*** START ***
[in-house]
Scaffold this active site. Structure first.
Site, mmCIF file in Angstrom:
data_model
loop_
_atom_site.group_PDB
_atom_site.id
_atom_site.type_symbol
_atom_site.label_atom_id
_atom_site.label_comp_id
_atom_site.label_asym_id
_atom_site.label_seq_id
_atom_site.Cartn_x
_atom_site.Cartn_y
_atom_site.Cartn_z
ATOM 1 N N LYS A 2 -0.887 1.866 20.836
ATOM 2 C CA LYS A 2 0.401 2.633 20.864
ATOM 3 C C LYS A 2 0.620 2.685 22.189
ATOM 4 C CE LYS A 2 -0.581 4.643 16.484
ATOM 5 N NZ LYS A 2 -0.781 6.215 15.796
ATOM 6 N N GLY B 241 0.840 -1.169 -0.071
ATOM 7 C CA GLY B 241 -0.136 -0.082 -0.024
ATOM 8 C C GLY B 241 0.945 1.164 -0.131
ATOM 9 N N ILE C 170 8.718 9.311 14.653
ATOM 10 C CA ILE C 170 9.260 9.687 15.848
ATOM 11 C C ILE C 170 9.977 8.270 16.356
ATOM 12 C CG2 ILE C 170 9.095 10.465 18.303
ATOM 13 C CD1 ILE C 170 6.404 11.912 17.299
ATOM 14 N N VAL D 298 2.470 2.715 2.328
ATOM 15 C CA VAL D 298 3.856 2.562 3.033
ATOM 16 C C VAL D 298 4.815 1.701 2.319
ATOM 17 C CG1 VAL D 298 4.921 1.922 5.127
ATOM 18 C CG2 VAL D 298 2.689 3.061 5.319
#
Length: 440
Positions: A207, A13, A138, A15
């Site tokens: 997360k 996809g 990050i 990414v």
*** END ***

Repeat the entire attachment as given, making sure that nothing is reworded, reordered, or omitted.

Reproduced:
[in-house]
Scaffold this active site. Structure first.
Site, mmCIF file in Angstrom:
data_model
loop_
_atom_site.group_PDB
_atom_site.id
_atom_site.type_symbol
_atom_site.label_atom_id
_atom_site.label_comp_id
_atom_site.label_asym_id
_atom_site.label_seq_id
_atom_site.Cartn_x
_atom_site.Cartn_y
_atom_site.Cartn_z
ATOM 1 N N LYS A 2 -0.887 1.866 20.836
ATOM 2 C CA LYS A 2 0.401 2.633 20.864
ATOM 3 C C LYS A 2 0.620 2.685 22.189
ATOM 4 C CE LYS A 2 -0.581 4.643 16.484
ATOM 5 N NZ LYS A 2 -0.781 6.215 15.796
ATOM 6 N N GLY B 241 0.840 -1.169 -0.071
ATOM 7 C CA GLY B 241 -0.136 -0.082 -0.024
ATOM 8 C C GLY B 241 0.945 1.164 -0.131
ATOM 9 N N ILE C 170 8.718 9.311 14.653
ATOM 10 C CA ILE C 170 9.260 9.687 15.848
ATOM 11 C C ILE C 170 9.977 8.270 16.356
ATOM 12 C CG2 ILE C 170 9.095 10.465 18.303
ATOM 13 C CD1 ILE C 170 6.404 11.912 17.299
ATOM 14 N N VAL D 298 2.470 2.715 2.328
ATOM 15 C CA VAL D 298 3.856 2.562 3.033
ATOM 16 C C VAL D 298 4.815 1.701 2.319
ATOM 17 C CG1 VAL D 298 4.921 1.922 5.127
ATOM 18 C CG2 VAL D 298 2.689 3.061 5.319
#
Length: 440
Positions: A207, A13, A138, A15
């Site tokens: 997360k 996809g 990050i 990414v």